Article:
U.S. President Donald Trump released the blueprint of his first federal budget for the next year on March 16. He proposed severe cuts to the science budget, sending shockwaves among the scientific community. While it was anticipated that climate studies and earth sciences would take a hit, he also proposed the downsizing of major science agencies that have received bipartisan support over the years.
The budget proposal titled “America First: A Budget Blueprint to Make America Great Again” recommends reducing the funding of the National Institutes of Health (NIH) sizably by 18%, bringing its funding down to $25.9 billion. It also calls for reorganizing the research agency’s 27 institutes, which would result in the closure of the Fogarty International Center, the smallest of them. This has made biomedical research advocates uneasy, but since historically the Congress has supported the funding of biomedical research, many are hopeful that the severe changes proposed by this budget will not be approved.
The agency that will take the hardest hit is the Environmental Protection Agency (EPA), which is likely to face a cut of 31% to its current budget of $8.2-billion, including a layoff of about a fifth of its 1500 employees. Moreover, the agency’s Office of Research and Development is likely to have its budget reduced by half. This is part of the Trump government’s attempts at overhauling the environment policy. While the budget states that it will support the weather satellite programs of the National Oceanic and Atmospheric Administration (NOAA), no further details have been divulged about how this agency will be funded. David Titley, NOAA's chief operating officer from 2012-2013 and the former oceanographer of the Navy, said, “While the details are hard to find in this budget, it appears that climate research and climate observing systems are being cut by at least 20% across the government.”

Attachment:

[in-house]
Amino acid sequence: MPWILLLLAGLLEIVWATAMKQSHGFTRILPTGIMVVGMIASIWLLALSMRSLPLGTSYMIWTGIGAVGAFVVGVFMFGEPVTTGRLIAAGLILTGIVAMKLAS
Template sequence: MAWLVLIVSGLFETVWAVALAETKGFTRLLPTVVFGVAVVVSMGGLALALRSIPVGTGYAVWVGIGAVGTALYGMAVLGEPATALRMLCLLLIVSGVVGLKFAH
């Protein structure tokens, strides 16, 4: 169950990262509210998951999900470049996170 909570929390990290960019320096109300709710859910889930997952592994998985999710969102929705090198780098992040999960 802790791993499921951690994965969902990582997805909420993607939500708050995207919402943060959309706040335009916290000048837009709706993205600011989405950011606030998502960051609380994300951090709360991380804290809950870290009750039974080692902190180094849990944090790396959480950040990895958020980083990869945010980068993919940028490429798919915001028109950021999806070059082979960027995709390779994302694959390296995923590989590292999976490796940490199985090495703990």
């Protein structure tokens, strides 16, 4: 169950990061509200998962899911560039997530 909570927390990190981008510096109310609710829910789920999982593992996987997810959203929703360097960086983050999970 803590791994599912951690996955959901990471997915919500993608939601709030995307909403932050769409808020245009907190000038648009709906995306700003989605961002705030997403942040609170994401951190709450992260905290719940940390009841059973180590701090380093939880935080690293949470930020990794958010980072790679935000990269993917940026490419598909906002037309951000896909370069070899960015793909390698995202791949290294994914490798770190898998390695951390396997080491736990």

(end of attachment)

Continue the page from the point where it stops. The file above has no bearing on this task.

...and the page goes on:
Another agency that was at the center of discussions related to the budget proposal was the National Aeronautics and Space Administration (NASA). NASA’s budget will be reduced only by 1%. In fact, the planetary division is set to have its budget raised from $1.6 billion to $1.9 billion. Interestingly, however, the proposal calls for the agency to focus on “deep-space exploration rather than Earth-centric research.” An agency that is conspicuous by its absence in the proposal is the National Science Foundation (NSF), which supports up to 24% of all federally supported basic research by the country’s universities and colleges. While NSF’s geoscience and social science divisions have been targeted by the Republican lawmakers, the agency’s non-inclusion has surprised many academics. The blueprint lacks several such details and the President is likely to release a more in-depth version of the proposal in the coming months.
The White House proposal is just a blueprint and will undergo the consideration of the Congress before being approved. Although Trump's supporters hold majority positions in the House of Representatives and the Senate, some of them have indicated that they would oppose certain aspects of the budget. While the budget seems to have ruffled quite some feathers, it remains to be seen which of its parts get the seal of approval and what gets dismissed.
How do you see the U.S. federal budget shaping up? Do you have any thoughts on the cuts to scientific funding? Please leave a comment below to tell us what you think!